THis is a great recipe, and the idea of vanilla with the glaze on top is cool. As someone experienced with Jewish law, may I please offer a correction, though: Regarding the Challah offering - THis is a praiseworthy custom in place to keep in practice for the actual "Challah" portion given to our Cohanim in the Temple of Jerusalem (going back 2,000 years and we still do it). They worked, we fed them. Here are a couple of parameters for nowadays, when the Cohanim are kind of "unemployed" in the old sense: THere is a minmum amount of flour needed for this, as follows - about 3 lbs for taking off without a blessing, and about 5 lbs to say a blessing. For the words of this blessing contact Chabad.com This can actually be done for almost any type of dough! To dispose of it, because it is considered unusable and technically not kosher, one cannot burn it where the challh is baking, but where there is nothing being cooked, such as straight over a flame on your burner or under the broiler, later. (Temporarily shut off your smoke alarm!) Alternatively, some Rabbis allow you to double-wrap the dough (which doesn't have to be a lot; can be as small as a large olive) and then throw it out. Here's my favorite part: THis is one of the 3 Mitzvas specially handed to women, and our power of prayer is very great, so, just as we can pray for our families, ill people, etc at candle lighting time for the Sabbath, we can pray when we are taking the Challah portion. It becomes very spiritual.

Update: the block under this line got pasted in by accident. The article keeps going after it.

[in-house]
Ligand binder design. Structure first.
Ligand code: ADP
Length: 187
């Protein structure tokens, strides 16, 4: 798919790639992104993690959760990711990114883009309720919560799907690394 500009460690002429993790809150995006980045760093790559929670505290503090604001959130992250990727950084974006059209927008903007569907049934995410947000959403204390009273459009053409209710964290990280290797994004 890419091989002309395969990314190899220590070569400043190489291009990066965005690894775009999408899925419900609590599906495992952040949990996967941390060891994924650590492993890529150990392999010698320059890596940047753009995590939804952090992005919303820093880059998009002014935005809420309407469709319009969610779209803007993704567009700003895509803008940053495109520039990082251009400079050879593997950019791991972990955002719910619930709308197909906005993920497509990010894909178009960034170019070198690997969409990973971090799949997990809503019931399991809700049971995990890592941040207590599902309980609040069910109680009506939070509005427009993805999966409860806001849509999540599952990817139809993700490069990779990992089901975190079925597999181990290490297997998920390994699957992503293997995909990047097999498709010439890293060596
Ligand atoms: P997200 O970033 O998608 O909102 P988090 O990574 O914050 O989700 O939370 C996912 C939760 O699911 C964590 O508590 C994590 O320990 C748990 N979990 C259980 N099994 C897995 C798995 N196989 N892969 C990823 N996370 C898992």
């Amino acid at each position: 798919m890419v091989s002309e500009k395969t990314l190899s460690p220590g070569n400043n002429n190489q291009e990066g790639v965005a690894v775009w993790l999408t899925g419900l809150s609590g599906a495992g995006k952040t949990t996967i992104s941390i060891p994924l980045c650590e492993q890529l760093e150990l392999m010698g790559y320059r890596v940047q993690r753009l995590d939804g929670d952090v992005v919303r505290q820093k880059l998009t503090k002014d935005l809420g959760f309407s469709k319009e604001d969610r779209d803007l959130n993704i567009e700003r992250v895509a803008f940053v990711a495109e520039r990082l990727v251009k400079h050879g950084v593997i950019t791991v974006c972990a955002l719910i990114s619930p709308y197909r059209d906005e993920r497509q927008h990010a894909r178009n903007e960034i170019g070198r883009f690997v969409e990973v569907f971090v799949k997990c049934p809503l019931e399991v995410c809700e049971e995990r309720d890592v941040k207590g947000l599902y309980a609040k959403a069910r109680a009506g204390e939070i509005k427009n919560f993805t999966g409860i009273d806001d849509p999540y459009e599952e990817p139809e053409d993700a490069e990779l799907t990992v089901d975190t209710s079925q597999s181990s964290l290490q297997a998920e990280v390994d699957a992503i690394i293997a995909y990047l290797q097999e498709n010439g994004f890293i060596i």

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THis is a great recipe, and the idea of vanilla with the glaze on top is cool. As someone...